A federal judge threw yet another twist into the convoluted proxy fight for control of Baltimore Bancorp yesterday, ordering a new shareholder vote on a proposal to expand the company's board of directors to 28 members from 18.
The expansion proposal was designed to allow dissident stockholders led by Edwin F. Hale Sr. to gain control of the Bank of Baltimore's parent company.
U.S. District Judge J. Frederick Motz ruled that it was impossible to award disputed ballots involving more than 1 million shares to either side, because the ballot forms designed by two outside firms were so poorly written that they left unclear the intent of the stockholders who used them.
"There was an ambiguity in the proxy communications sent by [the two firms] which makes it impossible to determine how the 1 million votes in question were intended to be cast," Judge Motz wrote in a 37-page order released only one day after the last arguments in the case.
"Although I am not unmindful of the substantial cost and, perhaps more importantly, the continuing uncertainty to which another election will subject the bank, I have concluded that a new election is the only effective remedy which can be granted," he added.
The judge's decision was a major setback for the Hale slate, which had been anointed the winner on all issues by Corporation Trust Co., the Delaware firm that counted the votes in the election.
"The judge doesn't cite any law to justify the [review of] CT's count," said Dennis Gingold, a lawyer for Mr. Hale. "There was no evidence that the shareholders were confused, or that they intended to confer discretionary authority" allowing management to vote their stock against expanding the board.
Baltimore Bancorp Executive Vice President Jerome P. Baroch was in a better mood.
"We're disappointed that the judge didn't find in our favor [on all issues], but we think it's the most equitable decision," Mr. Baroch said.
Corporation Trust had refused to count the disputed ballots on the issue of expanding the board, dumping them all into the abstentions column.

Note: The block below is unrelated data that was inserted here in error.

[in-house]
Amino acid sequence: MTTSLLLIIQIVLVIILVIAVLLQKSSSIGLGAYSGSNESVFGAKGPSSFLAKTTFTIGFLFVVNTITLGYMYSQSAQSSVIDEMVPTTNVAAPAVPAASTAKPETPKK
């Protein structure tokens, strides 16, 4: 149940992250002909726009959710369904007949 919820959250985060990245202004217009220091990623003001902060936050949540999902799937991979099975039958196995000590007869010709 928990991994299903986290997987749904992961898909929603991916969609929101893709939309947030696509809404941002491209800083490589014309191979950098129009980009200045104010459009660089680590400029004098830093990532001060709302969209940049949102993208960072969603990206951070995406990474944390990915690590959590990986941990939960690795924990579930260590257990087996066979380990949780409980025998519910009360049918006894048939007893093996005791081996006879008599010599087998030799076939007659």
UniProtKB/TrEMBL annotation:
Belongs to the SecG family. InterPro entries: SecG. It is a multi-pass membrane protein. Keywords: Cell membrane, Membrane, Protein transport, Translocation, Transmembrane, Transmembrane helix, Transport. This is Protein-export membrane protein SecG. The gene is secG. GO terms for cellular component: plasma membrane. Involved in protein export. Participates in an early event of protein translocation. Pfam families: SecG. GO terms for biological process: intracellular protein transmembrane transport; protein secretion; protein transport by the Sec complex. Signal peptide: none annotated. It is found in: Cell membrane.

With those votes on the sidelines, the motion to expand the board passed by 5.2 million votes to about 4.2 million votes. The company has 12.8 million shares outstanding, and stockholders get one vote for each share they own.
Both sides said that the new election probably couldn't be held before late August or even September. The Hale slate said that it would appeal to the 4th U.S. Circuit Court of Appeals, which is expected to hear the case in early July.
Mr. Baroch said that it would then take about 10 days for each side to get proxy materials approved by the U.S. Securities and Exchange Commission, and the campaign in the new election would take another four weeks.
Yesterday's ruling does not affect the six directors loyal to Mr. Hale who were elected to the existing seats on the company's board, Mr. Gingold said.
Their election stands, and they will take their seats on the board as soon as possible, he said.
Mr. Gingold promised that the new campaign would be hard-nosed, with the new directors feeling free to use information they learn about the bank in their new jobs during the campaign.
Confronted with half a dozen legal issues in the case, Judge Motz pretty much split them down the middle.
But on the most important issue, he sided with the dissidents, ruling that it takes only a majority vote to amend the bylaws to allow the expansion of the board.
The company's incumbent management had insisted that the company's bylaws demanded an 80 percent vote, but dissidents had said that bylaw was illegal under Maryland law.
The judge said that an 80 percent bylaw could have been legal but that Baltimore Bancorp's bylaws aren't written in a way that qualifies them the protection of the section of Maryland's General Corporation Law that would make an 80 percent requirement legal.
This part of the ruling means that the Hale slate needs only a simple majority vote to win a new election.